Travel into the Heart of a Cosmic Storm

This shot from the NASA/ESA Hubble Space Telescope shows a maelstrom of glowing gas and dark dust within one of the Milky Way’s satellite galaxies, the Large Magellanic Cloud (LMC). This stormy scene shows a stellar nursery known as N159, an HII region over 150 light-years across. N159 contains many hot young stars. These stars are emitting intense ultraviolet light, which causes nearby hydrogen gas to glow, and torrential stellar winds, which are carving out ridges, arcs, and filaments from the surrounding material. At the heart of this cosmic cloud lies the Papillon Nebula, a butterfly-shaped region of nebulosity. This small, dense object is classified as a High-Excitation Blob, and is thought to be tightly linked to the early stages of massive star formation. N159 is located over 160 000 light-years away. It resides just south of the Tarantula Nebula (heic1402), another massive star-forming complex within the LMC. It was previously imaged by Hubble’s Wide Field Planetary Camera 2, which also resolved the Papillon Nebula for the first time.
Electric-blue wisps of gas and young stars in early stages of star birth startle the senses in this stunning Hubble Space Telescope image. Credits: NASA/Hubble/ESA

Space news (astrophysics: stellar nurseries; HII region N159) – 180,000 light-years from Earth deep within the Large Magellanic Cloud (LMC) –

Nearly 200 000 light-years from Earth, the Large Magellanic Cloud, a satellite galaxy of the Milky Way, floats in space, in a long and slow dance around our galaxy. As the Milky Way’s gravity gently tugs on its neighbour’s gas clouds, they collapse to form new stars. In turn, these light up the gas clouds in a kaleidoscope of colours, visible in this image from the NASA/ESA Hubble Space Telescope.
Nearly 200 000 light-years from Earth, the Large Magellanic Cloud, a satellite galaxy of the Milky Way, floats in space, in a long and slow dance around our galaxy. As the Milky Way’s gravity gently tugs on its neighbour’s gas clouds, they collapse to form new stars. In turn, these light up the gas clouds in a kaleidoscope of colours, visible in this image from the NASA/ESA Hubble Space Telescope.

The stunning Hubble Space Telescope image seen above shows the heart of a cosmic maelstrom, glowing gas, and dark dust deep within the Large Magellanic Cloud (LMC), one of many satellite galaxies of the Milky Way. This stormy region of space contains stellar nursery N159, an HII region over 150 light-years across with many hot young suns emitting intense ultraviolet radiation. Ultraviolet light causing nearby hydrogen gas to glow and torrential stellar winds carving ridges, arcs, and filaments out of surrounding gas and dust.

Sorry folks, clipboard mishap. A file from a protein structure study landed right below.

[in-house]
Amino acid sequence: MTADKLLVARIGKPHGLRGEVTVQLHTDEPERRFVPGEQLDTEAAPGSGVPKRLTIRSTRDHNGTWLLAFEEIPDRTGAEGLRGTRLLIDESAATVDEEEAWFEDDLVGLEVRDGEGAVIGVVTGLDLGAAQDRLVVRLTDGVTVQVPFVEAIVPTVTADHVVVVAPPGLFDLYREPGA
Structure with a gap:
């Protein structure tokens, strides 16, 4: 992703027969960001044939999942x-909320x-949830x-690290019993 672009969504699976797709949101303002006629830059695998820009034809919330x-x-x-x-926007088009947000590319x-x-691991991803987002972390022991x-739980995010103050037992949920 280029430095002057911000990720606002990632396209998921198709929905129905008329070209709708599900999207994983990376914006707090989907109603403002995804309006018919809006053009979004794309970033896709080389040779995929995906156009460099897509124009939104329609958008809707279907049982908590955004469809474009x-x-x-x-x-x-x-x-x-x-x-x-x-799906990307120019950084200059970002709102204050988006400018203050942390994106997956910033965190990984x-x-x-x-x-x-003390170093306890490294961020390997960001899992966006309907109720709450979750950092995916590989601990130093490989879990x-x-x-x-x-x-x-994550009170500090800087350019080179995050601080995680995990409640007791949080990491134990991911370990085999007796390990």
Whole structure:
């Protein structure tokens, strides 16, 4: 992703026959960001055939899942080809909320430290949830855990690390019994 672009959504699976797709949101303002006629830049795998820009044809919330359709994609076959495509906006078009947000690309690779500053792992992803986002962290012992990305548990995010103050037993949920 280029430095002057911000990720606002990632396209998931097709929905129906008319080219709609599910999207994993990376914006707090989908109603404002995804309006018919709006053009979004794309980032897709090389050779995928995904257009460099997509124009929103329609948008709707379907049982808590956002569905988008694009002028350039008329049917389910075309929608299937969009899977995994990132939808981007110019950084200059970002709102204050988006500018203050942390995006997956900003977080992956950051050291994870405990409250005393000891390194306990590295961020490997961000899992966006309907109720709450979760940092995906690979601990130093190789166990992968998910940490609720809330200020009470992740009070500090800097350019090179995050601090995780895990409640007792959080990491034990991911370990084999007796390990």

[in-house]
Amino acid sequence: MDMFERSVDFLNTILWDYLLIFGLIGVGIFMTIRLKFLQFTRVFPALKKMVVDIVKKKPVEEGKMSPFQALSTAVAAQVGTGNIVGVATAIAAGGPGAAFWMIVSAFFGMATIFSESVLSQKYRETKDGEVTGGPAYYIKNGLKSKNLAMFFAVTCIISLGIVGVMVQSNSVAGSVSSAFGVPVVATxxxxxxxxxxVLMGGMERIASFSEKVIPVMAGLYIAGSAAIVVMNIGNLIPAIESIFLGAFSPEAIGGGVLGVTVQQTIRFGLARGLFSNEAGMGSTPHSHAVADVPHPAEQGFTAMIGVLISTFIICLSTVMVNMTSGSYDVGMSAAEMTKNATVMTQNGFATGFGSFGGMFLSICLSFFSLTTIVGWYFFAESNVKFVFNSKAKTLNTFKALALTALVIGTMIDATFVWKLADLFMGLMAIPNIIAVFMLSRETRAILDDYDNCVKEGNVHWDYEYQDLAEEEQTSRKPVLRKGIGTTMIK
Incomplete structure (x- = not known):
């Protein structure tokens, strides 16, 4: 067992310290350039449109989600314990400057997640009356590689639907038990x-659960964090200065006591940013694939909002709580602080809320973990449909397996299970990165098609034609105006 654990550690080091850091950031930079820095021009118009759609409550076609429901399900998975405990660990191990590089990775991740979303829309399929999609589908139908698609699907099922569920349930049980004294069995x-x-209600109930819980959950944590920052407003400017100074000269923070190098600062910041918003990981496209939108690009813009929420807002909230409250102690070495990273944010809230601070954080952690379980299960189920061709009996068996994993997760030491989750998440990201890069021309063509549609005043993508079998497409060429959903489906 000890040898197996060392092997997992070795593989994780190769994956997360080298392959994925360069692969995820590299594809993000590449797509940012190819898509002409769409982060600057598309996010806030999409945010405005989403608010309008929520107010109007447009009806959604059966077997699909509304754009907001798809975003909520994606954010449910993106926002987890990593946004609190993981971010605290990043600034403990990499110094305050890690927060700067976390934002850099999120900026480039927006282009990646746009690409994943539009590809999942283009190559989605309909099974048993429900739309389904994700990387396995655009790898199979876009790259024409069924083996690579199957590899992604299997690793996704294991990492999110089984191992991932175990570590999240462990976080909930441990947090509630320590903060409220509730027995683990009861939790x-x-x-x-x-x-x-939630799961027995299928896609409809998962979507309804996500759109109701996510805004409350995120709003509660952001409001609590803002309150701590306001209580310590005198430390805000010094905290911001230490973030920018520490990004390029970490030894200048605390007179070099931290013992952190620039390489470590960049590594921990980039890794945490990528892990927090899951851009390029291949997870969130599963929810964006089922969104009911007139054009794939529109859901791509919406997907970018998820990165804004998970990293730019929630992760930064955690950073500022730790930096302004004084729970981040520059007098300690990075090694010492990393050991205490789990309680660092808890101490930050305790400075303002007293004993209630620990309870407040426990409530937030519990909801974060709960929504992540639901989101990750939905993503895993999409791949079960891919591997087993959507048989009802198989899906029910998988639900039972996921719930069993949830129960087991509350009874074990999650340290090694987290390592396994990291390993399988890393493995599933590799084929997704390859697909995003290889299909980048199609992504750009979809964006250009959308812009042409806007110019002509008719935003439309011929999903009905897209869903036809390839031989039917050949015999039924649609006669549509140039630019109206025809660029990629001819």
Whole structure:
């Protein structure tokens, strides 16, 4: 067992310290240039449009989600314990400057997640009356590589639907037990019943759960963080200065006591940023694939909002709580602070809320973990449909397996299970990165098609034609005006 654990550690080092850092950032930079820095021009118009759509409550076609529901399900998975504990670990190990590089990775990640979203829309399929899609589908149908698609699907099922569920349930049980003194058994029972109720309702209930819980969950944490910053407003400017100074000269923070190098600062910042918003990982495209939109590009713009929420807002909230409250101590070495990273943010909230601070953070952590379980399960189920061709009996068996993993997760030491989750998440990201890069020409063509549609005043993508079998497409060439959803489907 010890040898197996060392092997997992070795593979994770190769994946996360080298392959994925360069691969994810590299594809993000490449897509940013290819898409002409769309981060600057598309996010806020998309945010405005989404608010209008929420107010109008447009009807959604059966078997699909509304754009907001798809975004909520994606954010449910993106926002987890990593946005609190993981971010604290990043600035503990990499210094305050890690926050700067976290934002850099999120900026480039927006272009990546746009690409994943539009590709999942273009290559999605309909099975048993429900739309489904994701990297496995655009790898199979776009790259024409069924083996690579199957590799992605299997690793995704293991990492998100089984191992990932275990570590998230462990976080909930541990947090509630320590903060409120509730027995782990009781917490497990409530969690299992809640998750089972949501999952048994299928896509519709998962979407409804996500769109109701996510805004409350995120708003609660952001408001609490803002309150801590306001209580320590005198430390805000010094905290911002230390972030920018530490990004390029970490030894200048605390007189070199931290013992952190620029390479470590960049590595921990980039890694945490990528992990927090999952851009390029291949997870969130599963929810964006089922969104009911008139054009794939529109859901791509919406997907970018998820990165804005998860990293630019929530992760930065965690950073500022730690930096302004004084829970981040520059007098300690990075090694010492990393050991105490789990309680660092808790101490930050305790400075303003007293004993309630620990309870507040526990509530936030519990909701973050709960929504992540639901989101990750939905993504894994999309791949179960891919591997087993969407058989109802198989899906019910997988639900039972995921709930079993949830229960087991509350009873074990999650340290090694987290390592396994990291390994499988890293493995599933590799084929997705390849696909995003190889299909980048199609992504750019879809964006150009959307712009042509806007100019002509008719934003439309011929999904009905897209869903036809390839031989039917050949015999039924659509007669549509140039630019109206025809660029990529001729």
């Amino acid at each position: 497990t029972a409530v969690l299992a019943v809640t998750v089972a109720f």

papillon_hst_big
The Papillon Nebula is seen in the inset image in  the top right of the main image of the Large Magellanic Cloud. Credit: M. Heydari-Malayeri(Paris Observatory) et al, WFPC2, HST, ESA, NASA

Early stages of star birth

Near the heart of this cosmic maelstrom lies the butterfly-shaped Papillon Nebula, a small, dense stellar object astronomers refer to as a High-Excitation Blob, they have linked to the early stages of the formation of a massive star. This region of space was first detected using Hubble Space Telescope’s Wide Field Planetary Camera 2 (WFPC2).

Image Credit & Copyright: Processing - Robert Gendler, Roberto Colombari Data - Hubble Tarantula Treasury, European Southern Observatory
The Tarantula Nebula Image Credit & Copyright: Processing – Robert Gendler, Roberto Colombari Data – Hubble Tarantula Treasury, European Southern Observatory

Nebula N159’s just south of the Tarantula Nebula (heic 1402), a star-forming region also imaged by Hubble’s WFPC2. Hidden within this region of space astronomers found several massive stars they’re currently studying looking for clues to the growth and evolution of the most massive stars in the galaxy. The image seen here was taken using the Hubble Space Telescope’s Advanced Camera for Surveys. 

Read about NASA’s desire to form business partnerships with private firms and individuals.

Become a Disk Detective and help NASA classify young planetary systems

Discover how astronomers measure distances to objects on the other side of the Milky Way.

Take the voyage of NASA across the cosmos here.

Learn more about the discoveries of the Hubble Space Telescope.

Discover the Large Magellanic Cloud.

Learn more about High-Excitation Blobs.

 

Advertisements

One thought on “Travel into the Heart of a Cosmic Storm

Leave a Reply

Fill in your details below or click an icon to log in:

WordPress.com Logo

You are commenting using your WordPress.com account. Log Out / Change )

Twitter picture

You are commenting using your Twitter account. Log Out / Change )

Facebook photo

You are commenting using your Facebook account. Log Out / Change )

Google+ photo

You are commenting using your Google+ account. Log Out / Change )

Connecting to %s